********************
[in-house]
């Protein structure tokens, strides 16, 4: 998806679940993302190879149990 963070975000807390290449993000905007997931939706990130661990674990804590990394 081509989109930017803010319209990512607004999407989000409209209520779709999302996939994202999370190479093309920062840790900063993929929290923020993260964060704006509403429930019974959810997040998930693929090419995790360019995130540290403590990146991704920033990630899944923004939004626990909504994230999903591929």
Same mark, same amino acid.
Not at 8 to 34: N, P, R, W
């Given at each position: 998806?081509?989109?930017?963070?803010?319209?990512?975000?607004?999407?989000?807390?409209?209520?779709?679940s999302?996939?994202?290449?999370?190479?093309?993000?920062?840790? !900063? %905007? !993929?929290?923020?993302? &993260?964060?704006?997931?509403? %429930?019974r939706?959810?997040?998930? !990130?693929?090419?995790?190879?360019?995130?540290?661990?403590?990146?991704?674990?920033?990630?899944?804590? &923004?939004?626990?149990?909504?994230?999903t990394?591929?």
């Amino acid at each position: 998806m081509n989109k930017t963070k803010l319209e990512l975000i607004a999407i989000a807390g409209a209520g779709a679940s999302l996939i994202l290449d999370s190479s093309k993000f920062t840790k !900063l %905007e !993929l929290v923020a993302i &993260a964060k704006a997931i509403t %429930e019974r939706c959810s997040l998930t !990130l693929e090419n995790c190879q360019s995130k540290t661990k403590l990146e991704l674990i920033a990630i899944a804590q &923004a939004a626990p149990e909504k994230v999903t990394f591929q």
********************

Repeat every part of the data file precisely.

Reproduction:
[in-house]
């Protein structure tokens, strides 16, 4: 998806679940993302190879149990 963070975000807390290449993000905007997931939706990130661990674990804590990394 081509989109930017803010319209990512607004999407989000409209209520779709999302996939994202999370190479093309920062840790900063993929929290923020993260964060704006509403429930019974959810997040998930693929090419995790360019995130540290403590990146991704920033990630899944923004939004626990909504994230999903591929």
Same mark, same amino acid.
Not at 8 to 34: N, P, R, W
């Given at each position: 998806?081509?989109?930017?963070?803010?319209?990512?975000?607004?999407?989000?807390?409209?209520?779709?679940s999302?996939?994202?290449?999370?190479?093309?993000?920062?840790? !900063? %905007? !993929?929290?923020?993302? &993260?964060?704006?997931?509403? %429930?019974r939706?959810?997040?998930? !990130?693929?090419?995790?190879?360019?995130?540290?661990?403590?990146?991704?674990?920033?990630?899944?804590? &923004?939004?626990?149990?909504?994230?999903t990394?591929?």
């Amino acid at each position: 998806m081509n989109k930017t963070k803010l319209e990512l975000i607004a999407i989000a807390g409209a209520g779709a679940s999302l996939i994202l290449d999370s190479s093309k993000f920062t840790k !900063l %905007e !993929l929290v923020a993302i &993260a964060k704006a997931i509403t %429930e019974r939706c959810s997040l998930t !990130l693929e090419n995790c190879q360019s995130k540290t661990k403590l990146e991704l674990i920033a990630i899944a804590q &923004a939004a626990p149990e909504k994230v999903t990394f591929q």